Send It!

When you’re staring down a gristly gap about eighty feet from lip to lip, or a gnarly barrel the size of your G-ma’s house, you know you gotta send it, but would you believe that sending it is crucial for a great musical performance as well? 

Are you guys silly? Of course it is!

In all seriousness, most of us would acknowledge that confidence is important when performing. However, too many of us regularly approach the task in practice with shy timidity, neglecting to employ the useful benefits that a confident, courageous posture can foster in a live set.

Many of us will attribute our lack of outward confidence on stage to an intention to “really nail each part,” but if we’re honest, we’ll admit that our parts should be unquestionably solid long before we hit the stage. Individual practice or group rehearsal are perfect times to nitpick the details of execution, but when we perform, we need to be as mentally free as possible to just play. 

Here are five reasons why you just gotta send it:

  • You’re more fun to watch
    • When we play with confidence and courage, we’re far more engaging the audience than when we play like the stage is covered in eggshells. A band that sounds great may lose the audience’s attention if their visual presence is static, while a mediocre sound can be easily overshadowed by solid crowd engagement. Clearly, sound is most important, but ignoring the way we present our music visually is ignoring the potential for multi-sensory engagement. 
  • You’re more resistant to mistakes
    • If you’re a musician who’s experienced the internet, you’ve probably watched your fair share of “fail” videos, where some unlucky teen butchers a song at their talent show. Often the most uncomfortable part is the telegraphed discomfort of the performer themselves, who seems to know how badly things are going, wishing along with the audience that the song would end. In truth, one bad note coupled with nervousness can feel like drowning, but a confident player can shake off even the most potentially embarrassing mishap with a smile, knowing that their confidence shines through any mistake, and that their mistakes don’t define them in the first place.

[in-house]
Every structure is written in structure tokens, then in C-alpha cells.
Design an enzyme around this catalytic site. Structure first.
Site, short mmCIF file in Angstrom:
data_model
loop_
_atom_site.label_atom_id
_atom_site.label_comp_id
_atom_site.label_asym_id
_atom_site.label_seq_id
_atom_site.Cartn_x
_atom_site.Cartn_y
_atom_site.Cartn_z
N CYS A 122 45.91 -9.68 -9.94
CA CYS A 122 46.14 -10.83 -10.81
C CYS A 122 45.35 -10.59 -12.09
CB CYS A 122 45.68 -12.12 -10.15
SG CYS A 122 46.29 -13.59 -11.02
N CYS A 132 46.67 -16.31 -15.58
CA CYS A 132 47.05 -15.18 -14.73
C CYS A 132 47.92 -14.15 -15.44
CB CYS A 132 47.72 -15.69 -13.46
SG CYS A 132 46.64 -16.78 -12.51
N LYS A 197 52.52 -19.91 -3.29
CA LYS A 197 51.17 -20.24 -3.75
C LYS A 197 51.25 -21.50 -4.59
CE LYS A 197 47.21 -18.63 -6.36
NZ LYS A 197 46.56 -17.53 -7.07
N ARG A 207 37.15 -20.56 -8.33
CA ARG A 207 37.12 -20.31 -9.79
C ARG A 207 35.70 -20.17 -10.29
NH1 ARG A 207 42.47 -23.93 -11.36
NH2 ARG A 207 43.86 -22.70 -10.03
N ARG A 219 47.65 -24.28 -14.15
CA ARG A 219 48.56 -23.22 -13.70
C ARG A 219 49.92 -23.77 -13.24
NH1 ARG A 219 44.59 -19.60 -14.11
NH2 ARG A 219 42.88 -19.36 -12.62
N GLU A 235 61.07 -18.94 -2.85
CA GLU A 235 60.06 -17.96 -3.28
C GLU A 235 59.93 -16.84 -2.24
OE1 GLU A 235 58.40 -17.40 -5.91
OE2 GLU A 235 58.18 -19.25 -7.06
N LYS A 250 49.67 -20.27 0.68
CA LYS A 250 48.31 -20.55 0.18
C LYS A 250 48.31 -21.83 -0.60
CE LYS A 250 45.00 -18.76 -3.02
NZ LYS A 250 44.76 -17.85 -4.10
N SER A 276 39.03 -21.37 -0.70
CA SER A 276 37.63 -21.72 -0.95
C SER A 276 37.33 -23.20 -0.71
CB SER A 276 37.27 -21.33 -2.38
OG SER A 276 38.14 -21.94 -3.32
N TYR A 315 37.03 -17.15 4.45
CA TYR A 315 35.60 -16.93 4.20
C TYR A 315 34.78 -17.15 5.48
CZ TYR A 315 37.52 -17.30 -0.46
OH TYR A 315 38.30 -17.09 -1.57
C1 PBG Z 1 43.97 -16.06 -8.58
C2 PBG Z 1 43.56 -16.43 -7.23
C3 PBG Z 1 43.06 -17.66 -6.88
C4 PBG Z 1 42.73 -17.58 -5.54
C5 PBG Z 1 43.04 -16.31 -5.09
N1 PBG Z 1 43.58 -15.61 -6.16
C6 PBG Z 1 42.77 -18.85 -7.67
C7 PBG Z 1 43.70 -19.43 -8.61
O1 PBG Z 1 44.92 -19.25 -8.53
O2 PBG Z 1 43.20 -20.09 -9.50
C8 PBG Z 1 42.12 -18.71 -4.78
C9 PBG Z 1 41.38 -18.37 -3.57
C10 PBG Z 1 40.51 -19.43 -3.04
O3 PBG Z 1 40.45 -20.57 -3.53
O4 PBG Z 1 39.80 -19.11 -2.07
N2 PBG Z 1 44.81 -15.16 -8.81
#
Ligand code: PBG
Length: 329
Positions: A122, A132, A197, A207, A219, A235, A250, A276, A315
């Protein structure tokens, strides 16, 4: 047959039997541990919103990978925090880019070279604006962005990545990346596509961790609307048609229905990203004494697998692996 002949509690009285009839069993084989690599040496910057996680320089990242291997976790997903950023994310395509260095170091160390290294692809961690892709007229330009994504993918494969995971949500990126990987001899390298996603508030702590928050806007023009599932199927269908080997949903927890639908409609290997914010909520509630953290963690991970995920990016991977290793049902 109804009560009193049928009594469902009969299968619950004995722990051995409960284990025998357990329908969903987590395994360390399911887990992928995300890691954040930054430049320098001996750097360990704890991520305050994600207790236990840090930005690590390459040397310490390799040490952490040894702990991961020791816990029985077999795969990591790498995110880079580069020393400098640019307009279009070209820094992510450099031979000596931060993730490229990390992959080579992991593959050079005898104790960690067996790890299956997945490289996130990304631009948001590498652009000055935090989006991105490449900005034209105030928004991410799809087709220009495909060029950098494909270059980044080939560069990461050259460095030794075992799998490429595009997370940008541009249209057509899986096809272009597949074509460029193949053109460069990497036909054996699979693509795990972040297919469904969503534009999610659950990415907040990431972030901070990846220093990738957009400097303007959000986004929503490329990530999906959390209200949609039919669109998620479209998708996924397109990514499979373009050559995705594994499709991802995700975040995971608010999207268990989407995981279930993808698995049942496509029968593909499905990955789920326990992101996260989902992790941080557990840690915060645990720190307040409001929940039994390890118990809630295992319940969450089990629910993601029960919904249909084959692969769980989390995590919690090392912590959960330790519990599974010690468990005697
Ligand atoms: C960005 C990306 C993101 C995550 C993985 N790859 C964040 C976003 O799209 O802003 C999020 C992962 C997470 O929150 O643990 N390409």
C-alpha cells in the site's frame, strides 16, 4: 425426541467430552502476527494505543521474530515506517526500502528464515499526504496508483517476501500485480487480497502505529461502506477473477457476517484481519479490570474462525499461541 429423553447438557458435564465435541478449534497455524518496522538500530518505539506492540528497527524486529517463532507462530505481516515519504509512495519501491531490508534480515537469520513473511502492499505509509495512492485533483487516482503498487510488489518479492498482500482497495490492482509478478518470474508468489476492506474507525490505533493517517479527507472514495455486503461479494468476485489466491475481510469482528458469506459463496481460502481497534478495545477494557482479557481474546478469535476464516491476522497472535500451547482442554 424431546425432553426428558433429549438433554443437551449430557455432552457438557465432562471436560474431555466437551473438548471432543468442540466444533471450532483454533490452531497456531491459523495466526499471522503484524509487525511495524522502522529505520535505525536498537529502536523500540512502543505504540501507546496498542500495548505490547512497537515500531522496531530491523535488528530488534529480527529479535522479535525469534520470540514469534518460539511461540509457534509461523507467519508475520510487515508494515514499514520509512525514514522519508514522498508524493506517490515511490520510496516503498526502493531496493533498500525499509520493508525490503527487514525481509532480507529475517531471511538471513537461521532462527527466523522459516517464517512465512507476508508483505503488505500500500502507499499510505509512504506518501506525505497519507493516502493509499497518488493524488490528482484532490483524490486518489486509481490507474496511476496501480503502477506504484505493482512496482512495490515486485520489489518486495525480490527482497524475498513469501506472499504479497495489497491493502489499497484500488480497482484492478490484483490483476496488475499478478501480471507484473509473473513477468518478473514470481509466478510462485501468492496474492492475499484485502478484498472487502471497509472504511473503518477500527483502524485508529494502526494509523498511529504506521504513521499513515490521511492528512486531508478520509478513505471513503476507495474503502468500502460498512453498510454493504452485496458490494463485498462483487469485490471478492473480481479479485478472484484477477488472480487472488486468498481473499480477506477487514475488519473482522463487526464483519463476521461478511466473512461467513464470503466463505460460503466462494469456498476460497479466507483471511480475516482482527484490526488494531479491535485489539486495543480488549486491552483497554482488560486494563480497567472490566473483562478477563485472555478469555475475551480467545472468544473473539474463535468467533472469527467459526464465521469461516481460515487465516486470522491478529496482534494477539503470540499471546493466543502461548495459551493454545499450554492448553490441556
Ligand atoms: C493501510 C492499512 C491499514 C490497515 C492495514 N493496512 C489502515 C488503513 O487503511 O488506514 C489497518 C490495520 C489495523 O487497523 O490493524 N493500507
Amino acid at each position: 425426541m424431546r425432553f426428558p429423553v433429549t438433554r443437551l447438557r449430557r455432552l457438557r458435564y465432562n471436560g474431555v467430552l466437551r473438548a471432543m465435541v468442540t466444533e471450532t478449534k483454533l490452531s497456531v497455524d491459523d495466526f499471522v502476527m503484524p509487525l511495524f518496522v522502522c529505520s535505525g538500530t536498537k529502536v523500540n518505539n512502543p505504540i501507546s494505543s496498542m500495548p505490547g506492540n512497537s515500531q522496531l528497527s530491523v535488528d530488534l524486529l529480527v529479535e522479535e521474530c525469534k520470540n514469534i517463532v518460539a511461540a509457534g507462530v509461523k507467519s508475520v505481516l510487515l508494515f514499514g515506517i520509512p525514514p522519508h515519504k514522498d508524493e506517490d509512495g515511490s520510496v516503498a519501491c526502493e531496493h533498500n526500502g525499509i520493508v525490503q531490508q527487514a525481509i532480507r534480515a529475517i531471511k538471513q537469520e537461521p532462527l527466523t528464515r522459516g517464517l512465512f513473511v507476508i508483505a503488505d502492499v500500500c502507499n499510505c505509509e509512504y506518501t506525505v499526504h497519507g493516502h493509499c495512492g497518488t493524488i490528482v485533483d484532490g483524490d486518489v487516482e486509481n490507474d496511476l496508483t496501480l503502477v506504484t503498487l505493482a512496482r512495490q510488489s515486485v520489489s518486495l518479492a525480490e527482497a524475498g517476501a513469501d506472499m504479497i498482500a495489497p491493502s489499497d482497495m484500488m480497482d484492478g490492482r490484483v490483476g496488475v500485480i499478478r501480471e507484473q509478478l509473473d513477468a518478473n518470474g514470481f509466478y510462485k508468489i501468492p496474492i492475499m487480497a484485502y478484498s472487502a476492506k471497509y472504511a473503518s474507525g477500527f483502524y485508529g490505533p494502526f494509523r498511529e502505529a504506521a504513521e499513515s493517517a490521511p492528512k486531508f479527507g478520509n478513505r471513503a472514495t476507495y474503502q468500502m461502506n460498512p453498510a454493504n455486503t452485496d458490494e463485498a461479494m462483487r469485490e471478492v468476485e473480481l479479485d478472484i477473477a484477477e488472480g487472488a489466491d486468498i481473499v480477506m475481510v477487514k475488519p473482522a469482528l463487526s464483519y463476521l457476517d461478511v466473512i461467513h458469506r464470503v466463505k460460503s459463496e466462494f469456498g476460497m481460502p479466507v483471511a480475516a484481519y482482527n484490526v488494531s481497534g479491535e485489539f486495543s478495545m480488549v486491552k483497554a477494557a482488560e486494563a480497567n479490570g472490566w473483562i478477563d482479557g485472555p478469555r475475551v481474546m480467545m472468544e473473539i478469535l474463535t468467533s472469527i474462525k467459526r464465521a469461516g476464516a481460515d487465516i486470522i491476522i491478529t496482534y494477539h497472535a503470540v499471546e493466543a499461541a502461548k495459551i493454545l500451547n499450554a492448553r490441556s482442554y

• You’re more likely to play with feeling
    • Timidity isn’t useful in too many situations, but it’s particularly detrimental when feel and nuance are important. It’s difficult to have a varied touch when we play like we’re scared of our instrument, but when we own our performance with courage, our dynamic nuance can truly be unlocked.  
  • You’re more likely to have great tone
    • When we dial in the sound of our instrument, the timbres that we build are dependent upon the typical force with which we play. Some of us are more heavy-handed than others, but there’s no faster route to a wimpy sound than playing more timidly in public than in private. Truly, playing with the appropriate amount of authority allows us to sound like ourselves, which is what most of us want in the first place. 
  • You’re more likely to have fun
    • Perhaps the most striking effect of timid playing is the way that it sucks the enjoyment out of performing. Most of us got into playing live because of the way it made us feel, and to rob ourselves of that feeling out of fear is simply tragic. In truth, playing confidently allows us to be present enough to experience the moments that make live music great, letting us leave the stage feeling satisfied in what we’ve created. 

Ultimately, fear is normal and understandable, especially in the vulnerable space of musical performance. Thankfully, as we grow as musicians, we can learn to see fear for the obstacle that it is, and ultimately work past it to make our music say what we mean.